Jessica: Yes, I haven’t been doing any of the long endurance rides. I was hoping to do it up until my third trimester but I found that I’m way more winded and tired than I used to be. I think I had some really awesome role models who led me to believe it would be a lot easier than it’s been. A couple of my friends who’ve had babies and continued to ride bikes were just such badasses. It turns out I’m a little more tired than I thought I would be.

Biking in Mpls: Has being pregnant affected the way you feel when you’re riding around town at all?
Jessica: I’m a lot less risky. I wasn’t really risky before, I was always a very conservative rider, but now I’m extra, extra, extra conservative. If a light’s about to change, I’m stopping. I won’t take certain roads that I never would’ve worried about. If it’s raining I don’t really like to ride when it’s raining. The drivers are a little more unpredictable when it’s raining and it’s more slick. Rain didn’t used to bother me at all, now I’m just a lot more careful.

And I’m a lot more angry at cars when they do more assholey things. I’m like, “I have a baby!” I’m sure drivers think I’m being irresponsible by riding but I don’t see it that way. I don’t see them as being more entitled to the road than I am. I’m outraged when they’re careless because they’re not thinking about the lives they could be putting in dangers.

Biking in Mpls: When you have your baby, do you know what you’re going to do to bike around?
Jessica: We’re going to wait until he’s a little bit older. We’re playing with some different options. My friends have been really helpful posting links every time they see anything about biking with a baby. We’re probably going to get some kind of trailer that we can secure the baby carrier to. Once he’s a little older we’ll look into getting a regular kid trailer, and a trail-a-bike when he’s much older like 3 or 4.

Biking in Mpls: What’s your favorite thing about biking?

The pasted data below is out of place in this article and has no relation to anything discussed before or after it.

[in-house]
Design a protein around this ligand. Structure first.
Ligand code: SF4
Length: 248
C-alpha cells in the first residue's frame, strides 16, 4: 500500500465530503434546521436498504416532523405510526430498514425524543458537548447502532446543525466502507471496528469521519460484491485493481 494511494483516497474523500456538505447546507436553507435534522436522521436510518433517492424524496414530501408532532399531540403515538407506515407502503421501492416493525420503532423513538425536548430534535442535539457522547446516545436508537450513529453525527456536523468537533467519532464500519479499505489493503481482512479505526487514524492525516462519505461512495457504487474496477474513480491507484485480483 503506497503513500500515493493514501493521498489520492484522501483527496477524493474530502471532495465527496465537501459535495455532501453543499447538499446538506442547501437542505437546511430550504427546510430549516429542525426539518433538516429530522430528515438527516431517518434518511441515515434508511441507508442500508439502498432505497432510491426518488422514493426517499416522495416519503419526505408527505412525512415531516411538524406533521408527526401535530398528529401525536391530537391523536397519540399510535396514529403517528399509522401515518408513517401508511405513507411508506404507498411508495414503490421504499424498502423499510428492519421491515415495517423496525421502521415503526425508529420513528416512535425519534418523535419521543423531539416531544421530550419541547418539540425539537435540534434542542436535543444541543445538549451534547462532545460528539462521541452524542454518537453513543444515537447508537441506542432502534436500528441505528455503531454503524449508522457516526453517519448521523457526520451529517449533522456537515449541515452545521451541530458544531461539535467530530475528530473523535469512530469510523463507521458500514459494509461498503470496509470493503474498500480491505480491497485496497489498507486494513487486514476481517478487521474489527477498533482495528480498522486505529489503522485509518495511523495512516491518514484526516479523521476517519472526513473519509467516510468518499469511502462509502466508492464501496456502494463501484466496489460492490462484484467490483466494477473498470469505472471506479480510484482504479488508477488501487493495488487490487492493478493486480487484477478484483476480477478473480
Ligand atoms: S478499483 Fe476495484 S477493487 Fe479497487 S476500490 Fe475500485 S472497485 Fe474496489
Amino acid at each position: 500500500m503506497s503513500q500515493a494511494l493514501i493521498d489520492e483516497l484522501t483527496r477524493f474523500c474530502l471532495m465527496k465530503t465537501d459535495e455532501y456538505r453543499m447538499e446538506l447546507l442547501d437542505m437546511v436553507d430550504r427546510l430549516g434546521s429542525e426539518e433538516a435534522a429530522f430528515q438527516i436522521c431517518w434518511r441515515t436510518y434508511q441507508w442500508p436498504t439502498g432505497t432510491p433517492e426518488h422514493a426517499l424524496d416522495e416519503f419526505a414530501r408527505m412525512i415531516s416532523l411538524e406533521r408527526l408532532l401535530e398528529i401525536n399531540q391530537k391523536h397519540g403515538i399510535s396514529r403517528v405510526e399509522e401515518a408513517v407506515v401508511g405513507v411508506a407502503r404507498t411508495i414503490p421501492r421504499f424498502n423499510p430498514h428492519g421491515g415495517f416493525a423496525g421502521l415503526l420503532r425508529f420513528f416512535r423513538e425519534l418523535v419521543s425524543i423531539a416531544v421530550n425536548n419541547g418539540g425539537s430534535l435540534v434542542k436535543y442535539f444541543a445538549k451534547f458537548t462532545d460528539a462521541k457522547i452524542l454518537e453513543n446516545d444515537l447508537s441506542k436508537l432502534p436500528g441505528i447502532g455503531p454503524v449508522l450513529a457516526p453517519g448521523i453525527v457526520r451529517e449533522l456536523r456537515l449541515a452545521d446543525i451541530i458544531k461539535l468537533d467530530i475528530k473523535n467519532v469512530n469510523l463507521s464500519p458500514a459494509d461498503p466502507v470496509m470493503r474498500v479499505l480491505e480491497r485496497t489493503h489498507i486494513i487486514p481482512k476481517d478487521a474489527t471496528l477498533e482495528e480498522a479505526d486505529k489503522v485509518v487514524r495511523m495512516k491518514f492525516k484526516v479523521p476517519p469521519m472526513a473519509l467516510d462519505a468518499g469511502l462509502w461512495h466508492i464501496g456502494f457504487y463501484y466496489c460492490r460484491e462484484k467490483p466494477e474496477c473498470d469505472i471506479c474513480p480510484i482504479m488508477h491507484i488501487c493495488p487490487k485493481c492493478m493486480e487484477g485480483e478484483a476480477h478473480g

Jessica: My favorite thing is the feeling of complete independence it gives me. I don’t have to rely on anything but my own two legs and feet to go anywhere. 

Jessica Baltzley is a cyclist living in St. Paul.

This post was written by Lindsey Wallace and originally published on Biking in Mpls. Follow Lindsey on Twitter: @bikinginmpls.

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Comments (4)

  1. Submitted by Pat Berg on 07/21/2015 - 12:40 pm.

    Real bike?

    ” I didn’t own a bike when I moved here. Not a real bike.”

    Say what? Beyond two wheels, pedals, and handlebars, just what kind of metric needs to be attained before one enters the exalted realms of owning a “real bike”?

    If we really want to see an increase in bike ridership, this kind of an exclusionary attitude doesn’t exactly strike me as helpful.

    • Submitted by Lindsey Wallace on 07/21/2015 - 01:54 pm.

      It’s her own perception

      Clearly she didn’t feel that a huge beach cruiser with handlebars so wide they nearly knock into car side view mirrors was what most people picture when they think of an urban bike. That’s all. No need to nitpick about the way someone phrases something in an in-person (ie. spoken not written) interview.

      I actually love that she just biked on what she had, even though it was hard and impractical. It shows that you don’t need anything fancy to get started biking.

    • Submitted by Henk Tobias on 07/21/2015 - 01:57 pm.

      Its only exclussionary

      because you chose to read it that way. Her wording may have been inelegant but her meaning is clear: the bike she has was not practical for her purposes and now she has one that is, or a Real bike.